Americans work a bewildering1,836 hours a year— far more than most of the rest of the world. But they take far less vacation than anyone else.
In 2013 Americans squandered 169 million vacation days, and last year a whopping 42% of working Americans didn’t take a single vacation day.
This is a travesty.
Here are 8 reasons why Americans should take their vacation days.
You are literally throwing money away.
According to the study “All Work and No Pay: The Impact of Forfeited Time Off,” last year, Americans gave up on $US65.6 billion in time-off benefits. What this means for you, as an individual, is that you essentially said thanks but no thanks to $US748. In other words, you did $US748 of free work.
You are hurting the economy.
A study by Oxford Economics found that the economy would gain $US160 billion in total business sales and $US21 billion in tax revenues if American workers actually took all of their PTO. This translates into 1.2 million new jobs across pretty much all industries.
You are being less productive.
Counterintuitively, taking time off actually increases productivity, though the main reason Americans don’t take their days is for fear of looking like slackers.
According to CNN, taking a vacation “can increase performance by 80%.” Even crazier, another study shows that a whopping 91% of senior business leaders totally know that their employees are less productive when they don’t take time off (and that time off boosts workplace morale, retains employees and has health benefits) — and yet, most of them don’t seem to encourage it either.
Mental fatigue is as real as physical fatigue, so just like you need to take a break after exercising, your brain needs regular breaks as well. The same Oxford Economics study reported that a whopping three quarters of workers surveyed said they felt recharged after a vacation, half that they felt more focused, and 41% that they were less stressed.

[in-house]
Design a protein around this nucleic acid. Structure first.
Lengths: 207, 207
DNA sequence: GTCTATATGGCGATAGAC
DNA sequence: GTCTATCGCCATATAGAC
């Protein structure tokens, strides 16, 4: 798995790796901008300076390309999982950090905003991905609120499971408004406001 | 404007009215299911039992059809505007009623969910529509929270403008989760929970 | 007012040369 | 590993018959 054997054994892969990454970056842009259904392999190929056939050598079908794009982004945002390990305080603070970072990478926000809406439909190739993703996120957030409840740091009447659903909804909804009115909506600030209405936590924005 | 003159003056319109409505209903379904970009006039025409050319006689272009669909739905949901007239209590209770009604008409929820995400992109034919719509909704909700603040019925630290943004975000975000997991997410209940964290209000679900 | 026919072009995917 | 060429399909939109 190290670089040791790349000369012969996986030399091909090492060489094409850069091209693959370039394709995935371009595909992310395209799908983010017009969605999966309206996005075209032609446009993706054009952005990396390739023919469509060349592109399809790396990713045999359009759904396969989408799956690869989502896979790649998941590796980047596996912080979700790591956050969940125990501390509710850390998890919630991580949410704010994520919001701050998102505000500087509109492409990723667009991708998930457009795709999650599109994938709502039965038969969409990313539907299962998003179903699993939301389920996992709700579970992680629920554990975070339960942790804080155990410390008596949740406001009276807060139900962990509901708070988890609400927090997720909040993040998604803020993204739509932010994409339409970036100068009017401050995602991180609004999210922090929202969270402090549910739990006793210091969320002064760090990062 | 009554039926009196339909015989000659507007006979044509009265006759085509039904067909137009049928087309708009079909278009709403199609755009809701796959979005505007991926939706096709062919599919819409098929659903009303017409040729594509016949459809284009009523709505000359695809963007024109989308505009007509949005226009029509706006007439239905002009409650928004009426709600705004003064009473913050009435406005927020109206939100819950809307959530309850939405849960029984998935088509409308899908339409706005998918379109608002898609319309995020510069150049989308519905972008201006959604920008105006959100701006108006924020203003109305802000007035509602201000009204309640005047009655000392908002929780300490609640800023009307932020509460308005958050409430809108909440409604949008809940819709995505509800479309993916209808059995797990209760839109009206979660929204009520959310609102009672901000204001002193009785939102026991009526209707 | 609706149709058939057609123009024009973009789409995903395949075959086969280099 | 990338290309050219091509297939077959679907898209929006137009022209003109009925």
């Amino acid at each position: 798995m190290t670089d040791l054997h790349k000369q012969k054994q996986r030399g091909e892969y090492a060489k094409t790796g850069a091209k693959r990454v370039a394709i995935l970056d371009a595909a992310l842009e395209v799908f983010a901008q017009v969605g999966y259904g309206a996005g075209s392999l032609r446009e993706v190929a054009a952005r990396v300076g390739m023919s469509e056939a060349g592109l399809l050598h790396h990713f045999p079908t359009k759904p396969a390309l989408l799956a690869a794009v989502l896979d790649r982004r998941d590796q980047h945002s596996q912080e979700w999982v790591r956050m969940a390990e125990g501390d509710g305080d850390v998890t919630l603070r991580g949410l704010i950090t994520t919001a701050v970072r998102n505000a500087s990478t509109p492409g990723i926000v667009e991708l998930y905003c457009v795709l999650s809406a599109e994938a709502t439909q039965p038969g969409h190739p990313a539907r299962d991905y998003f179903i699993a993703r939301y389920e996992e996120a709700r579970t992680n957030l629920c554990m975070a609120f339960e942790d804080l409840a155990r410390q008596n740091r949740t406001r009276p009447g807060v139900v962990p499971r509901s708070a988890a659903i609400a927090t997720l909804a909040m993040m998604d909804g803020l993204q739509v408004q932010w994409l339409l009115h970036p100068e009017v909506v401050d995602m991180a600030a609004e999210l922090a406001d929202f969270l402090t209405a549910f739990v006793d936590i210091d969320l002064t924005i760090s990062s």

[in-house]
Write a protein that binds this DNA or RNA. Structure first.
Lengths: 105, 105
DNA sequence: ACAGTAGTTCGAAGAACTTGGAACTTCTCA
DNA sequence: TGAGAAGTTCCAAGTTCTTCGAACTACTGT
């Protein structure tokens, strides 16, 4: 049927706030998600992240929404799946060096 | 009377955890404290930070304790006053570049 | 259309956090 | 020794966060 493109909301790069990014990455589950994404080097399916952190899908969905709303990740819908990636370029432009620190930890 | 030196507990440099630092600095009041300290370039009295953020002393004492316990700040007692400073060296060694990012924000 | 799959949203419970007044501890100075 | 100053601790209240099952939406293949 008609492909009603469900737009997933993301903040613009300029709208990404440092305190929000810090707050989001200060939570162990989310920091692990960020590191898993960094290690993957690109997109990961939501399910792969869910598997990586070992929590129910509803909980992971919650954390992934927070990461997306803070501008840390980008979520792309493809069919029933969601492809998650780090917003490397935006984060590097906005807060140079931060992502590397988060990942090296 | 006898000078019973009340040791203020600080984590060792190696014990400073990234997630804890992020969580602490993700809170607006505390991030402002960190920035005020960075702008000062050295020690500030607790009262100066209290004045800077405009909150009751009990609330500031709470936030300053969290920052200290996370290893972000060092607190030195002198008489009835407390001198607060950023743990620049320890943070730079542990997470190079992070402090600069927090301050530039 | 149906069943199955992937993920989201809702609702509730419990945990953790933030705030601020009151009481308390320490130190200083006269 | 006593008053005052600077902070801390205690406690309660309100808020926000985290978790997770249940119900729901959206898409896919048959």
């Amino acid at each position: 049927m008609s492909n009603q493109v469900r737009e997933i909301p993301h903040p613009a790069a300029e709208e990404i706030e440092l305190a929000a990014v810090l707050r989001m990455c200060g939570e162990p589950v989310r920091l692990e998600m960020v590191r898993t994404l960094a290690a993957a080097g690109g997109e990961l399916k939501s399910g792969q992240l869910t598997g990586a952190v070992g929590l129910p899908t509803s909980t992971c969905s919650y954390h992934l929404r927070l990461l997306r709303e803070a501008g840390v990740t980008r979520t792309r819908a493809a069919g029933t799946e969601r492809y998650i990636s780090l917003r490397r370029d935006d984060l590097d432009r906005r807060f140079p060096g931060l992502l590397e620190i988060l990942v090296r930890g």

You are ruining your chances at promotion.
While you might think that working weekends and forfeiting vacation makes you look dedicated and will help you climb the career ladder faster, the opposite holds true. Apparently,
employees who didn’t use their vacation days (those who leave more than 11 days unused, specifically) were 6.5% less likely to get a raise or bonus than their holidaying colleagues.
You are ruining your health.
Have you heard of burnout? This trendy buzzword has steadily become a real — and common — issue, as men and women work longer hours and take fewer days in an effort to look dedicated.
A study found that men at risk for heart disease were 30% more likely to have a heart attack when skipping vacation for five years in a row than those who took a week off each year, but that even just skipping one vacation increased their risk.
Women didn’t fare much better. A different study found that ladies who took days off only once every six years were almost eight times more likely to develop heart disease or have a heart attack than those who took two vacations a year. Another study found that taking a vacation — no matter how short or how close to home — improved women’s mental health.
According to Karen Matthews of Mind Body Center at the University of Pittsburgh, the body needs time off to regenerate. After surveying 1,399 participants from studies on cardiovascular disease, breast cancer and other diseases, the center found that time spent not working decreased depression, lowered blood pressure, and even meant slimmer waistlines.
You are making yourself miserable.
When you don’t take your PTO, your personal life suffers too. According to a study by Project Time Off, 74% of employees who were encouraged to take their leave reported being “extremely” or “very” happy with their personal relationships with family and friends.
You are stifling your own creativity.
On CNN.com, Robert Kriegel, author of “How to Succeed in Business Without Working So Damn Hard,” says that many workers have their best ideas when they’re away from work, and finally have the time and distance to think outside the box.
You see it as a luxury, when it’s a right and a necessity.
Europeans see their vacation days as a hard-earned right. Americans see it as a luxury they can’t afford. Therein lies the problem.
And ironically, working longer hours and more days doesn’t make Americans any more efficient or productive. In fact, 40+ hour weeks diminish returns, which becomes apparent when looking at countries like Germany, who get more done in fewer hours.
Long story short: take a vacation America. You deserve it.
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